About this blog...

Food has been an important part of my life for as long as I can remember. Food and the festivities surrounding its arrival to the table has always been a focal point in our family. For many years I have been amassing the cookbooks, recipe cards, cooking journals, diaries, manuscripts and clipping files of our once extensive family.

Personally, I’ve been professionally involved with food for over 40 years in numerous and varied culinary capacities across the country so I also have the collected stories, as well as current and on-going food-related experiences from my own life I’d like to share.

My idea has long been that someday I would bring all of this marvelous raw material together into a culinary journey through our family’s heritage. This journal is the beginnings of that journey.

Sunday, January 9, 2011

"Personal" Cheese Making


In our commercial dairy production of cheese here at the Ranch we make 3 types to sell: Fresh Goat Cheese, Feta Cheese, and Boule.  All three are considered "fresh cheeses" and must be made from pasteurized milk to be legal. (Click here for a previous post about raw vs pasteurized milk and cheese).
In our "off season", roughly from Christmas to the beginning of our hectic kidding season (this year in mid-February), we still keep a few of The Girls in milk and I still make cheese.  Most of these cheeses are destined for personal consumption (not for sale) during the rest of the year and I am free to make anything I feel like. Most of my personal cheese batches are small, starting with 5 gallons of milk (the cheddar starts with 10 gallons) and they yield between 5 and 8 lbs of finished cheese , depending on the type. This year we're getting lots of milk from the goats we're still milking so I have been able to make quite a few cheeses.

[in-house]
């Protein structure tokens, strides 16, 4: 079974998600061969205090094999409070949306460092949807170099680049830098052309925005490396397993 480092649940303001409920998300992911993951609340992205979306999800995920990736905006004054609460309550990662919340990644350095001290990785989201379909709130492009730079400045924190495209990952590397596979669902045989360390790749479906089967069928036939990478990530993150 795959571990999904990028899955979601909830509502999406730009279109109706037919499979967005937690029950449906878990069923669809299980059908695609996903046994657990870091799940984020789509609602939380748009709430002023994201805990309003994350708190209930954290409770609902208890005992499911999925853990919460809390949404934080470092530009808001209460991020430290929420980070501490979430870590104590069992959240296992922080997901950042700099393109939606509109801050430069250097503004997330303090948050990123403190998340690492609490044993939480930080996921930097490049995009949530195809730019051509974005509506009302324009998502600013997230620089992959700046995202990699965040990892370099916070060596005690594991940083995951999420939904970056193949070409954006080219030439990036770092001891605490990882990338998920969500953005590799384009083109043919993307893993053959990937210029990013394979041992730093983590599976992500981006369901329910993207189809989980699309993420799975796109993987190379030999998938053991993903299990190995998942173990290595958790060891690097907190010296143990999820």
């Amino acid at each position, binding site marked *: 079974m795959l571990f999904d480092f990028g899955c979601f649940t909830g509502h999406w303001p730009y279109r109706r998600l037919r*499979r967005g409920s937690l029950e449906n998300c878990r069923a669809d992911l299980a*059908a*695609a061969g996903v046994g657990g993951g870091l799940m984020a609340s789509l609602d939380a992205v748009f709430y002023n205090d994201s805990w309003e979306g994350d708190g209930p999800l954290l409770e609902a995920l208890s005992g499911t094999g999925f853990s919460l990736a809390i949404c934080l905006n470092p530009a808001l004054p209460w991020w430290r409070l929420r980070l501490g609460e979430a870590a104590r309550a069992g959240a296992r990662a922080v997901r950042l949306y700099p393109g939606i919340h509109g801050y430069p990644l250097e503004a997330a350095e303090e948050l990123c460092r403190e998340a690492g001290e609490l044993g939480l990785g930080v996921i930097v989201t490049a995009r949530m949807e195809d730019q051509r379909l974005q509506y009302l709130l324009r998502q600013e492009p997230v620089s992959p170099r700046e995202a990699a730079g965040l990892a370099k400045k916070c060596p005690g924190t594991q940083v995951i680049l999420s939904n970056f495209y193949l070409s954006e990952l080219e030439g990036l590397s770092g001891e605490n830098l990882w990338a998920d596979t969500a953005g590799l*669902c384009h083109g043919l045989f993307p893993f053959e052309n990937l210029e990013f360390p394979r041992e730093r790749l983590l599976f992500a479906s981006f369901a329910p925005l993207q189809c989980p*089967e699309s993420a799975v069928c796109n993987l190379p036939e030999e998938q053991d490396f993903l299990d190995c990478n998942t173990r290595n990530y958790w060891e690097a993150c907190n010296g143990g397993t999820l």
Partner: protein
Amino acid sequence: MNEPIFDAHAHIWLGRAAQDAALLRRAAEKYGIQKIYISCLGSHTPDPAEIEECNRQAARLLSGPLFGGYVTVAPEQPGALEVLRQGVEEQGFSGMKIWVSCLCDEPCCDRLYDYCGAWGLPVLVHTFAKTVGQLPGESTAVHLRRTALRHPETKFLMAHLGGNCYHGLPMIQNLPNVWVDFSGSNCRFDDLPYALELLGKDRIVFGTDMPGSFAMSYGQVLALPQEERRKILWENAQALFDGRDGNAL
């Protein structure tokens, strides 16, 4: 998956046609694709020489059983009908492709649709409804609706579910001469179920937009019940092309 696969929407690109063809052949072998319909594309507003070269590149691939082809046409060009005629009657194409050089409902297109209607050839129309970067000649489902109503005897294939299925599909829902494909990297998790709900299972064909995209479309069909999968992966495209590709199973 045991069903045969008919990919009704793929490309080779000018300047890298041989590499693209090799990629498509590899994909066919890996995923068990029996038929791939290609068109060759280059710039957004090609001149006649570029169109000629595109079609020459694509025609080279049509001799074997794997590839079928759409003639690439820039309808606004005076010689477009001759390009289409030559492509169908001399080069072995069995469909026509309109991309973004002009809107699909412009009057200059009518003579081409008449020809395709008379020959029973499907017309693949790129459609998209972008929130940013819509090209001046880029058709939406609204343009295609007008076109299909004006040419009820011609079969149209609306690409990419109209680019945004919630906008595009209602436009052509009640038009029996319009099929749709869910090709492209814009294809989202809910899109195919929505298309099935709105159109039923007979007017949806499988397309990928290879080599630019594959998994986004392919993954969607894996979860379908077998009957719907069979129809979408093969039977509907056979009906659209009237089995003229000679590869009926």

So far, since just before Christmas, I've made 21 personal cheeses: 4 blue cheeses, 3 Brie, a Monterey Jack, a Pepper Jack, 2 Gouda, 2 cheddar, 2 Feta, 2 Havarti, 2 Baby Swiss, and 2 Romano.  All of these I have made from raw (unpasteurized) milk.
I know this sound like an awful lot of cheese for 2 people to eat, but there is a method to the madness.  The beauty of this particular mix of cheeses is that they all mature at different rates and while some have a fairly limited shelf life, once ripe (for example the Brie which will be perfect for only a couple of weeks before starting to decline), many will continue to evolve and improve in complexity as they age.
The Feta will be ready to eat by the end of this week.  It is stored in brine and will keep well for at least 2 months with minimal attention.
The Jack cheeses will be the next cheese ready to try in about another two weeks, followed soon thereafter by the Havarti.  These cheeses are designed to be eaten while young and are not constructed for long-term aging so we'll be enjoying them in many different forms and guises for the next month or two.
The Brie will be approaching ripeness around the first of February and, as mentioned above, will only have a short 15-20-day period of perfection.  I can slow the ripening (or over-ripening) a little by moving them from their 50 degree F ripening environment to a colder fridge as they get close which so should help to stretch the three Brie out over at least a month.
The Baby Swiss and Goudas will all be close to ready around the first of March and while we may cut into one or more of them then, they will both improve with more age (and proper affinage, of course) so there is no time pressure on using them right away.
Two of the blues should be ready around the first of April and the other two near the end of that month.  I'm absolutely sure we'll be digging into one of these as soon as it is ready but, once again, with proper care, the rest of them will have many more months of shelf life.
Not surprisingly, the Romanos will be the last cheeses to be fully cured.  I like to age mine for a minimum of 6 months so the first one won't be ready until late June, but they are excellent when aged MUCH longer.  I haven't made Romano in several years and the wheel we are currently working on eating is over 4 years old!  It is very dry and must be grated for use but the flavor is complex and superb!
Yes it's still a lot of cheese for two people but, to be honest, we do share with family, friends and have even been known to provide some rather lavish cheese tasting meals for our workshop participants.  Amazingly, come next year at this time, I'll be hustling to make more "personal cheeses" with which to re-stock the cellar.

No comments:

Post a Comment